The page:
Today was a crisp fall day, with a chilly wind blowing around and a grey sky hanging low over the capital of the United States. Walking to class on the usual route up Wisconsin Ave to Massachusetts Ave to Nebraska Ave, my walk was less a tour of the U.S. and more a stroll down memory lane. Red-golden leaves crunched under my Converse as I for some reason was reminded of friends back in Buenos Aires. I can’t remember why–maybe I saw a picture before leaving the apartment or was listening to a song that brought it up, but suddenly I was walking down some cobblestone street in Palermo or avoiding the potholes, narrow sidewalks filled with businessmen and women, and dodging traffic on the way to the office.
A half-grin instantly came over me while thinking of friends. I thought of Fer, from the BA Cast, and no matter how ridiculous of a story I had, he would smile and understandingly say, “Y bueno, es lo que hay!” Fer spent some years as an expat in Europe, and therefore he could relate to some frustrations in Argentina, yet could take it all in stride. He still loved his city very much, and the endearing way in which he defended his hometown always made it seem better.
There was Leo from the office, who wonderfully tip-toed the line of insulting me in an endearing way and never taking it too far. “¿Qué querés, estupido?” “Mirá a esta cara de pony” and “Sos un boludo” were common ways in which I could expect to be greeted by him. Vero would defend me and Matías would calmly tell me that I was a lost cause. The office environment, while at times totally aggravating and prison-like, afforded me the opportunity to build long lasting friendships and become familiar with Argentina in ways that many foreigners never do. I sat in quietly as my coworkers debated politics, vented and complained about societal issues, or discussed pop culture from the soap opera on the night before or a television series from the 80s. I usually said little and just listened, learning as much as I could. At lunch I would usually take a walk around the block and think it all over.
There was also Pablo, who became a great friend simply because he was interested in helping a lonely expat. He was another returned expat from Europe, returning to Buenos Aires around the time I moved in, so as he reunited with his old friends he invited me into the circle for pizza night and education on Argentine literature and movies, among other things.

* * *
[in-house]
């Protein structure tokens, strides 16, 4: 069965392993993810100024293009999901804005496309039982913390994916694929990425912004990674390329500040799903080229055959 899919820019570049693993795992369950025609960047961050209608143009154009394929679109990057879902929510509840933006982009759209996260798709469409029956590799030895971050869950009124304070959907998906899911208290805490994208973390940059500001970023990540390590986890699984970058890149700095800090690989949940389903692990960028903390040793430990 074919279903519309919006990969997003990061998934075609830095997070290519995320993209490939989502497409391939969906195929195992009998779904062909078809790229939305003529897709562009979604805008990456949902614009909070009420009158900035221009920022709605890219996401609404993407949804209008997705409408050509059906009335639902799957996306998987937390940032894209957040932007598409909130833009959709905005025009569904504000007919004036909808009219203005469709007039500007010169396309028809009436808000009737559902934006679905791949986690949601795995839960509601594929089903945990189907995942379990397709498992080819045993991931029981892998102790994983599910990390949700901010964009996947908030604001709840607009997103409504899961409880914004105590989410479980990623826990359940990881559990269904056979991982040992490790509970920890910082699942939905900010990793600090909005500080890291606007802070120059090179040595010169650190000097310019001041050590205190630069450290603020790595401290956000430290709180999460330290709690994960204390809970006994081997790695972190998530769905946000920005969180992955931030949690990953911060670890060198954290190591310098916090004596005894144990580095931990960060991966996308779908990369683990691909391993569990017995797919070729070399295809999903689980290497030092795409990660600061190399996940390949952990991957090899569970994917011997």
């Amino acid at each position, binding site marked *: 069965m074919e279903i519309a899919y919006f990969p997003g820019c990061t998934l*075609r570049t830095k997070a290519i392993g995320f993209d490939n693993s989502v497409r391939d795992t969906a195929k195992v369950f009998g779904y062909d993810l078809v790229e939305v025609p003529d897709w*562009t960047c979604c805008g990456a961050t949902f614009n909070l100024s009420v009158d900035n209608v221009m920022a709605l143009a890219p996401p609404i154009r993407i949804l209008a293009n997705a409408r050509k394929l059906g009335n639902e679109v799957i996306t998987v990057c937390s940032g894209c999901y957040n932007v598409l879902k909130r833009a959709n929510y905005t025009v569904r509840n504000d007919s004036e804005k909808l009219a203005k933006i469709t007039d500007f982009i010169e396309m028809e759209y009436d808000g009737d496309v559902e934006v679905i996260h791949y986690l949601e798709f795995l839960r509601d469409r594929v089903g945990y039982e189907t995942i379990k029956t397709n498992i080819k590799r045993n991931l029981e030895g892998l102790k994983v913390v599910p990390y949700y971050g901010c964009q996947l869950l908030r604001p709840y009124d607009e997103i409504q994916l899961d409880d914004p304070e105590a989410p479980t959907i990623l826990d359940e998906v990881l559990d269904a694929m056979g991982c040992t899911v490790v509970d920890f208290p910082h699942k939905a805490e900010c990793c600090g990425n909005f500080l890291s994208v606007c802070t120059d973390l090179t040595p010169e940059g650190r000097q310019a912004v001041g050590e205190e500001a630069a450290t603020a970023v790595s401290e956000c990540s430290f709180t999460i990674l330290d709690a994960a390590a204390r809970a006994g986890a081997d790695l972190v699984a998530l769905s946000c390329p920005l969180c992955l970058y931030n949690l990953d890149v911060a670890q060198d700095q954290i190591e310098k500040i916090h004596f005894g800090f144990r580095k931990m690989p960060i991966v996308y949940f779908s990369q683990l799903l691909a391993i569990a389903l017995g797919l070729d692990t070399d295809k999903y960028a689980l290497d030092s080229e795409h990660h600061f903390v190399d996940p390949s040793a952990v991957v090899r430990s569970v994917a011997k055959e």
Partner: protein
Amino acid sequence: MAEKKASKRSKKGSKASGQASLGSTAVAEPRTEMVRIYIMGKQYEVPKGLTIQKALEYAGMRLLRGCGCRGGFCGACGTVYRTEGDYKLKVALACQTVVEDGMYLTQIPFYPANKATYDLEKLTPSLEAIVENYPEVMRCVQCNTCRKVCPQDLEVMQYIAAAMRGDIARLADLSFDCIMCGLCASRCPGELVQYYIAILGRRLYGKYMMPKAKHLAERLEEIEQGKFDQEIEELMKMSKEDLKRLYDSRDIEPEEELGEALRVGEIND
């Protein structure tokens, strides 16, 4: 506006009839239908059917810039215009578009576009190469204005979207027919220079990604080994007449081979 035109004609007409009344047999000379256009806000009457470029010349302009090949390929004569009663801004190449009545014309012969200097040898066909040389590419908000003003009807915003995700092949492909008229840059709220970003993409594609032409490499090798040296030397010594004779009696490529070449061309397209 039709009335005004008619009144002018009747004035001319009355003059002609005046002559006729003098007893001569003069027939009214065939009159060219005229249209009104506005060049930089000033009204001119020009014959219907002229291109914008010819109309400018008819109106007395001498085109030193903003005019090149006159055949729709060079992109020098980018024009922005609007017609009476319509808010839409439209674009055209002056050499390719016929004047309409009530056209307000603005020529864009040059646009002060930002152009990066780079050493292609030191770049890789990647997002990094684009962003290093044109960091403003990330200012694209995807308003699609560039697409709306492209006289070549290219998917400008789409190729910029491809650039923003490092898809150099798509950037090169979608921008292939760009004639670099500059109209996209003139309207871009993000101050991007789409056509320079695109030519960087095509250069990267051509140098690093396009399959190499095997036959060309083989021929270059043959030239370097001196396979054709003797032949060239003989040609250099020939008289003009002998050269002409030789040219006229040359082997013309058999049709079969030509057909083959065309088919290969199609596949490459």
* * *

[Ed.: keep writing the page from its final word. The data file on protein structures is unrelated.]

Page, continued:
So many other important friends to me still live inside my head and my heart, but the walk to campus is only about 25 minutes, so I don’t have time to think about it all. Instead of feeling down about missing them, the smile stayed and it made me glad to know that they were there and will be there. I’ll fantasize about a reunion, a big hug and catching up on the small things while simultaneously complaining about the transportation and heat/cold, like always. Every day gets me further away from Argentina, and though I’ve been back for over three months, I still feel that weird need to immerse in a culture that I no longer live in. I still want to drink maté with friends in a circle, or have a big asado, or whatever else. I think about taking that trip to the coast, but what coast? Mar del Plata?
The question is not if I’ll go back to Argentina but when. I’m aiming for sooner rather than later, but uno nunca se sabe what’s going to happen. For now, I’ll have to continue with the friends in my head and heart, and know that when we do see each other again, it will be better than any memory I quickly run through on the walk to campus.